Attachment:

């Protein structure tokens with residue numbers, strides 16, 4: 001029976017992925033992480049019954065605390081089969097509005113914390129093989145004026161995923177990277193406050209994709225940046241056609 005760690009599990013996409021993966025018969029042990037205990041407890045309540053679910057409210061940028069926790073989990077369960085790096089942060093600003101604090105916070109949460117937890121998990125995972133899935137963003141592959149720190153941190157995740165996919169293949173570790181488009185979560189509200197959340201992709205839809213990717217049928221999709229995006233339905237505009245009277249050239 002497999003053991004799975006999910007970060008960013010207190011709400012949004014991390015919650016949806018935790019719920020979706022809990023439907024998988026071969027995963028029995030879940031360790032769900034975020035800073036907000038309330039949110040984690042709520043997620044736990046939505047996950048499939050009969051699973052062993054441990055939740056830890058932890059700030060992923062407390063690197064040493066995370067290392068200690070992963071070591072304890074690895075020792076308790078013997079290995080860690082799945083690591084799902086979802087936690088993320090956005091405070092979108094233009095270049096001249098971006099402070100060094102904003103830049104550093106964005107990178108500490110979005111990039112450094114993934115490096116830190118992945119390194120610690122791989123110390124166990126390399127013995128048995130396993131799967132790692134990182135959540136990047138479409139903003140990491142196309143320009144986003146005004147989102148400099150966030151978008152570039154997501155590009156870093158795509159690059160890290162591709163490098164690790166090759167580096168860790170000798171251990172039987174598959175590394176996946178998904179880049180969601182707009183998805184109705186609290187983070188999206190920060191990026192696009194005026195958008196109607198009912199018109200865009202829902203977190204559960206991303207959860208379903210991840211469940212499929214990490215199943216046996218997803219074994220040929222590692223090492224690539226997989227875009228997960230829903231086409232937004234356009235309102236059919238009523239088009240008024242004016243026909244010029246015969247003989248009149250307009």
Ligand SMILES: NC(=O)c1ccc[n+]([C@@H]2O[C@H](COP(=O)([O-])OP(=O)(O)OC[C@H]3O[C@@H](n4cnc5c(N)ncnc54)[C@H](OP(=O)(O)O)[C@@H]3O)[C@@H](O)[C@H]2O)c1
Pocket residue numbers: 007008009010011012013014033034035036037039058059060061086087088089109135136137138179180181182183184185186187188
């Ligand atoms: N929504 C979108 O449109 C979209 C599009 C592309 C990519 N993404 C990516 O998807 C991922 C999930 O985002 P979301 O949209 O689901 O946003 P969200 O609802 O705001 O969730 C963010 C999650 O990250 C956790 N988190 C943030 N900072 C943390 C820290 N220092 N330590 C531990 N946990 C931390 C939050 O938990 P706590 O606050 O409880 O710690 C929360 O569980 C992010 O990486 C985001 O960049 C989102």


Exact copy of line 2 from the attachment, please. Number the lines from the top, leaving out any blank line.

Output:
Ligand SMILES: NC(=O)c1ccc[n+]([C@@H]2O[C@H](COP(=O)([O-])OP(=O)(O)OC[C@H]3O[C@@H](n4cnc5c(N)ncnc54)[C@H](OP(=O)(O)O)[C@@H]3O)[C@@H](O)[C@H]2O)c1